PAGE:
Tuesday, December 25, 2007

Confessions of a Shakuhachi Ronin, Part II (an extended footnote)

Before continuing wherever I was headed in Part I....

My quixotic reference to being a "Shakuhachi Ronin" begs to be misread and misused. Remember, professional journalists themselves troll Internet forums and blogs for one-sided opinions and baseless assertions to use as 'facts'. They do it by the day — really by the hour. (I should know. I've been working in daily journalism for the past seven years and public relations 10 years before that.)

An imaginative term like "shakuhachi ronin" is bound for the Seven Hells of thoughtless repetition, mis- or non-attribution and bizarre Wikipedia entries. So excuse this extended footnote but please read on.

"Ronin" means a masterless samurai -- more accurately a masterless warrior. A warrior is a military servant of his master or lord. But to be "masterless" a person should once have actually _had_ a master to begin with. The ronin I'm familiar with in translated literature or in films are either looking for a new master or prove themselves to be too unhappy or too inept to have the will to live. A ronin really shouldn't be glamorized — too much at least.

To understate, shakuhachi is an absolute bear of an instrument. It does require a warrior's heart to survive the first six months, first year, first two years of struggling with the bare basics of the instrument. (Editor's note, Dec. 29: Phil Nyokai sensei would probably correct me "First ten years".)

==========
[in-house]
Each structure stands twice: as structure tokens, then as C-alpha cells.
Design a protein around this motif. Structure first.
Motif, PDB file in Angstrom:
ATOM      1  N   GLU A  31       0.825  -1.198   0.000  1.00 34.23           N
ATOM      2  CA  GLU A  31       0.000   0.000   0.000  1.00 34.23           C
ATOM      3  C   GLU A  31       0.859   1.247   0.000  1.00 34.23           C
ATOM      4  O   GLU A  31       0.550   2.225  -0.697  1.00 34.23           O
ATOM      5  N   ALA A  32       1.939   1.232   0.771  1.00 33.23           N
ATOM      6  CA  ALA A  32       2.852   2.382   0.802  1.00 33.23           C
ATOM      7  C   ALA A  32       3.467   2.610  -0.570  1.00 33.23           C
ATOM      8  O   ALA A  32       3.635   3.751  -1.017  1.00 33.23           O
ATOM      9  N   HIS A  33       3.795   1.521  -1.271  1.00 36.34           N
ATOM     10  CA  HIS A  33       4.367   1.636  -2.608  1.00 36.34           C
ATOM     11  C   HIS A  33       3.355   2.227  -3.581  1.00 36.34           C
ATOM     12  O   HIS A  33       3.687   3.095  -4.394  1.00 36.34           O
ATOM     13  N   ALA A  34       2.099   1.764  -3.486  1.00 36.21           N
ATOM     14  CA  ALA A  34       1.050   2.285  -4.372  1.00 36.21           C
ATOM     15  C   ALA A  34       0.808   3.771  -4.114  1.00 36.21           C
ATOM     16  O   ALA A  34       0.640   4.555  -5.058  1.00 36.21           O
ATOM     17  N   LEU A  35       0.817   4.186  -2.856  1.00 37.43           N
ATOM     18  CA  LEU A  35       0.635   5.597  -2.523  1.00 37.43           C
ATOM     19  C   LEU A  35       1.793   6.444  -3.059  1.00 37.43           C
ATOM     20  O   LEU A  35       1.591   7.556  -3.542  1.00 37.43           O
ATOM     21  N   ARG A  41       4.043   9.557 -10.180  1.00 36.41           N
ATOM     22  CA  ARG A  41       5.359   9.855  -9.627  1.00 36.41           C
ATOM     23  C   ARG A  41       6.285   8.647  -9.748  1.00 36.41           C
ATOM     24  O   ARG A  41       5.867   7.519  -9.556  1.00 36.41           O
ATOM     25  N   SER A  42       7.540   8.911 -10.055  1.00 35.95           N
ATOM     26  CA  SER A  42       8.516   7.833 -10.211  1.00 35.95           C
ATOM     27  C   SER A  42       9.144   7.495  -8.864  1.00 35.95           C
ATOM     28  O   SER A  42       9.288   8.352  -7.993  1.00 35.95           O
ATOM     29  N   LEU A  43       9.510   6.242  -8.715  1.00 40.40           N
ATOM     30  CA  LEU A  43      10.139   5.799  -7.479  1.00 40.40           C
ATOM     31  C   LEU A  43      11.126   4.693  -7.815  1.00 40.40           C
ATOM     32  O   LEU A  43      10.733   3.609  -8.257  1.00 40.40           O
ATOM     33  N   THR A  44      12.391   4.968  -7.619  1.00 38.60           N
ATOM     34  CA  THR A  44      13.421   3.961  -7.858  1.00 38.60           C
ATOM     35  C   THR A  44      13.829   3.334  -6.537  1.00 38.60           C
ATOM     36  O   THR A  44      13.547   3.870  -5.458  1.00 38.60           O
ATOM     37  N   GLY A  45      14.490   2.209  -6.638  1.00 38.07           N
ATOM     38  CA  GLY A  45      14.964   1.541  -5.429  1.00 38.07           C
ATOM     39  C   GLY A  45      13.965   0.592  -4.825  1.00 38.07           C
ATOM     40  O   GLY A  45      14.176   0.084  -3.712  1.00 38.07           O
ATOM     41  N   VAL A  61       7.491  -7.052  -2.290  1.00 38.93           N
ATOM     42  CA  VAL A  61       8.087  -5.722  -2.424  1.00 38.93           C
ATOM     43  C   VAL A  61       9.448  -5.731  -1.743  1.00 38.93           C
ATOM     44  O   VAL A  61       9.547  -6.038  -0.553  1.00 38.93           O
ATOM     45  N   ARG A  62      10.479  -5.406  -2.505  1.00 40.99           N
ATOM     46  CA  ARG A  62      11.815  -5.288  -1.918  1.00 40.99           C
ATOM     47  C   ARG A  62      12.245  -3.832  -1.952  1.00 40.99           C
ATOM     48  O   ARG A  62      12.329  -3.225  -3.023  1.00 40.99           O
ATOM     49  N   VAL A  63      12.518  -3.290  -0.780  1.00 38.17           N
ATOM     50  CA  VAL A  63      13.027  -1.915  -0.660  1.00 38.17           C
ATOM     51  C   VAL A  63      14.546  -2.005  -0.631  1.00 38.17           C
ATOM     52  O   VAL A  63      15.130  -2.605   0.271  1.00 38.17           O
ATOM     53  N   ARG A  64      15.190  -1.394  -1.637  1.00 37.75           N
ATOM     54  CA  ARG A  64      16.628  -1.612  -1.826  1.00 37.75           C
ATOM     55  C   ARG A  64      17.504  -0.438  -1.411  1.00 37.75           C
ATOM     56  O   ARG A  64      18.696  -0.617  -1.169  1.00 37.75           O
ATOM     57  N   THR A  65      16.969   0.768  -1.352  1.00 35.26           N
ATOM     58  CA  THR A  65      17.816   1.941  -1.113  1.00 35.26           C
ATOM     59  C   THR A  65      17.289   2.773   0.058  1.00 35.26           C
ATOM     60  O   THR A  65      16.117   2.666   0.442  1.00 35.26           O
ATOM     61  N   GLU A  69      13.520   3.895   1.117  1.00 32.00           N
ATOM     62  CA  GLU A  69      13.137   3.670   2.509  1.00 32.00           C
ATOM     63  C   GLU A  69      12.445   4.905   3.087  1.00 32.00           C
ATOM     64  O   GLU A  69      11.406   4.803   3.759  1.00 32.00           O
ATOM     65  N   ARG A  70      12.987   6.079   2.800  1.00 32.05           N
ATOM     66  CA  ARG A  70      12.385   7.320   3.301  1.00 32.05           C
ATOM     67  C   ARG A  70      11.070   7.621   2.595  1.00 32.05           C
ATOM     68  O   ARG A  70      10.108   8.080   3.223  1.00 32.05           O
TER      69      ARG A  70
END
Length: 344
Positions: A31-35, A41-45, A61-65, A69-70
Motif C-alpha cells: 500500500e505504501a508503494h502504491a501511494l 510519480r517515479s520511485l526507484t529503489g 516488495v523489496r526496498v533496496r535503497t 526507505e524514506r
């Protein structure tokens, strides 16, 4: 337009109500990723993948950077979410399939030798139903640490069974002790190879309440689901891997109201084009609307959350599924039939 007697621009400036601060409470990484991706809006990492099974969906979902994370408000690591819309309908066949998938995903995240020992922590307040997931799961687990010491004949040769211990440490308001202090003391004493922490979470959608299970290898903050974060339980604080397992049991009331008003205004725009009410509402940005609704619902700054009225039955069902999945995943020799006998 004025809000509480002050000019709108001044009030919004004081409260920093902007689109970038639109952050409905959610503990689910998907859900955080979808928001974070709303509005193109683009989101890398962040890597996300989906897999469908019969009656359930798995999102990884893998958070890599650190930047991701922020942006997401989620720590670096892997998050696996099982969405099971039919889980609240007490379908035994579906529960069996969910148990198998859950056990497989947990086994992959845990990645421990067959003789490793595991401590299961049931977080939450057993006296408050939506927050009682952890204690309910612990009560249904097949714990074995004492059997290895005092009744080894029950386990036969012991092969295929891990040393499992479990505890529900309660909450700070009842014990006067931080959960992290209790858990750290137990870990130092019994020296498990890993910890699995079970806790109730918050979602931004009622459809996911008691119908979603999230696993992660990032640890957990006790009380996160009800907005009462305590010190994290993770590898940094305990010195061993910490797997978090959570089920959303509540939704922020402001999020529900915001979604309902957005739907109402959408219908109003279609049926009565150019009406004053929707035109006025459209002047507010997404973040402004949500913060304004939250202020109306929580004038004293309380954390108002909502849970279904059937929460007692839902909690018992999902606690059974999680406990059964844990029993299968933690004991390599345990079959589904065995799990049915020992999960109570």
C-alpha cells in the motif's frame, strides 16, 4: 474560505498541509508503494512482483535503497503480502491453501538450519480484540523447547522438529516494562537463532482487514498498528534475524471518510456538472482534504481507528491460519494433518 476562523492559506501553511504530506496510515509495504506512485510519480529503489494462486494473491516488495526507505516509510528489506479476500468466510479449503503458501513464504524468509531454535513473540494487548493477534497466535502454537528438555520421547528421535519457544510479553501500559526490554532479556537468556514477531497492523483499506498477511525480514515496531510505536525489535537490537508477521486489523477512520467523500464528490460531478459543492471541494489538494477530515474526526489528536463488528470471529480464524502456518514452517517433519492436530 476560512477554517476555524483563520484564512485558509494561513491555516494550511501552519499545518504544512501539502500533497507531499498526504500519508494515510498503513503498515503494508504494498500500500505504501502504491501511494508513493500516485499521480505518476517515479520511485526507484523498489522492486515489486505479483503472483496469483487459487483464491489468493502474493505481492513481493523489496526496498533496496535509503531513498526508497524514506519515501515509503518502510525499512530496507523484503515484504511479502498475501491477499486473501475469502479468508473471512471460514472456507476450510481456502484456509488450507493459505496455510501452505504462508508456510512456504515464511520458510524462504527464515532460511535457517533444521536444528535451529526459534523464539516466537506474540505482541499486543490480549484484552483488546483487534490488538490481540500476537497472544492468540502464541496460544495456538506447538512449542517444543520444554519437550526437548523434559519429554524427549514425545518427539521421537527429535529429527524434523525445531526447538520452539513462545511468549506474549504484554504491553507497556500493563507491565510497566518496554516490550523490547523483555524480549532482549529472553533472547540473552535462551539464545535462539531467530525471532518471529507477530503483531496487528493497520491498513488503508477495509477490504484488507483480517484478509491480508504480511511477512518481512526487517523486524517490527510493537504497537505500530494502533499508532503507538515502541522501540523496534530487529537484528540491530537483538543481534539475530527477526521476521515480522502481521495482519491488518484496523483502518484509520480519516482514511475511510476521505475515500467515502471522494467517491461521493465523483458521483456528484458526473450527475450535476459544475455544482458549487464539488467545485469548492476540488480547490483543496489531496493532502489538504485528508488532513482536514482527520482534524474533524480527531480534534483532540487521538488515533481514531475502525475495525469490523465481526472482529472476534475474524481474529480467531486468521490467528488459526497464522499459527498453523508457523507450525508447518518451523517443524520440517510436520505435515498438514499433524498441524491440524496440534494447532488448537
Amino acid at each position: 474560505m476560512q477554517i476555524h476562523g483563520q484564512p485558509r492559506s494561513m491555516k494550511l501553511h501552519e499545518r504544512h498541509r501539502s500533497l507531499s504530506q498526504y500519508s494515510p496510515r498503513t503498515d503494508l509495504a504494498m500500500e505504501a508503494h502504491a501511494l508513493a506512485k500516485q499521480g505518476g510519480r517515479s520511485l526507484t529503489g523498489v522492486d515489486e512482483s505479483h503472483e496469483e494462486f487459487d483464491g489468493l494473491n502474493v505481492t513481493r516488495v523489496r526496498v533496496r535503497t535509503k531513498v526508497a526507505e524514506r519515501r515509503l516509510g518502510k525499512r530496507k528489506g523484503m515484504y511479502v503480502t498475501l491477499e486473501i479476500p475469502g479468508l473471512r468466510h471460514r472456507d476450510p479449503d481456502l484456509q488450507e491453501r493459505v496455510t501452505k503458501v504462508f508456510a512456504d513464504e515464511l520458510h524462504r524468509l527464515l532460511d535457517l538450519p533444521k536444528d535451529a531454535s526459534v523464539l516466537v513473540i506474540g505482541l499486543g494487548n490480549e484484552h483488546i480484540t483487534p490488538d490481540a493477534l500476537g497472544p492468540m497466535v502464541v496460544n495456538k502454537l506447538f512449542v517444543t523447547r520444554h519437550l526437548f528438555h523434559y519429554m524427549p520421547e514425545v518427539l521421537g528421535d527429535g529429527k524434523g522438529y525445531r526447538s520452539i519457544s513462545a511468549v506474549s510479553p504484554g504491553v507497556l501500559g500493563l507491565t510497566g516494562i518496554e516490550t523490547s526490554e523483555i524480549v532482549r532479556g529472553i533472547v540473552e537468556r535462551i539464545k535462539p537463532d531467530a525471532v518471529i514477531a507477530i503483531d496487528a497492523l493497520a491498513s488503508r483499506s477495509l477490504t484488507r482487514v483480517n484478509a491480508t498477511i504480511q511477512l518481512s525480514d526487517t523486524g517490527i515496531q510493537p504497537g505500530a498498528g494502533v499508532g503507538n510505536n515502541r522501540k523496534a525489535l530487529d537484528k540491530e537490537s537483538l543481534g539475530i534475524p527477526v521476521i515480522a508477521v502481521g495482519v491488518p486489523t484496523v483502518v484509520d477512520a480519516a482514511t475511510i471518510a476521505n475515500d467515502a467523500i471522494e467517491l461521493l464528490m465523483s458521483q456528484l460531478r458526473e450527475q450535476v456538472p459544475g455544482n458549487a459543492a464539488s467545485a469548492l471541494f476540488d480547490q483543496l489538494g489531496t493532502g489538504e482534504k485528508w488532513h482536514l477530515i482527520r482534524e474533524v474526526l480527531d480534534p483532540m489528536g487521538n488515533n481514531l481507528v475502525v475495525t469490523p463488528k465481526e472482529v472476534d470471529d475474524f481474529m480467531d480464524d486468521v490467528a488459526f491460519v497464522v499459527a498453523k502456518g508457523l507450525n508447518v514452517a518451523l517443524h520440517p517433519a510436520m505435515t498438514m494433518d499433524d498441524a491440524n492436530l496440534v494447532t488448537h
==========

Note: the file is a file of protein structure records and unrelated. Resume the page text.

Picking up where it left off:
But like the craft of swordsmanship, the craft of playing shakuhachi cannot be learned simply by one book or a couple of videos or by good intentions and great desire. It's just too subtle and too tricky (and available tutors in the form of current print and video media are just too spotty).

For example, it is very easy to deceive yourself that you are playing meri and dai-meri notes at accurate pitch. It is very easy to convince yourself that a reasonable facsimile of appropriate pitch is acceptable and you wind up playing a facsimile of that pitch for years to come and wonder why you are never satisfied with your sound.

There are shakuhachi players who are considered masters who commonly play meri flatter than Western pitch while others play meri sharper of Western pitch.

The best advice anyone has given me -- and this comes from the late Yoshizawa Masakazu-sensei and one of his senior student-teachers Jim Thompson -- is learn to hit the meri dead-on at A440, not one cent sharper of flatter. (Then, you can adjust for expression, style, etc.) Tough stuff. Not only that but learn to hit it in the traditional manner (which is a whole other part to the lesson and six months of struggle in itself). And it goes on and on from there.

It does take a teacher.

You get the idea.

Yoshizawa said to me once concerning the breadth and depth of shakuhachi studies "It's endless ... just endless." He shook his head in resignation, then smiled a little smile and we were on to the next thing.

In part III of Confessions of a Shakuhachi Ronin I will attempt once again to take a personal and candid look at the predicament of learning shakuhachi in the non-Japanese speaking West and how ancient traditional Japanese customs may contribute to or inhibit the advancement of the instrument's development outside of its native land. Very academic sounding, eh? Stay tuned, it promises to be a little spicier than that.

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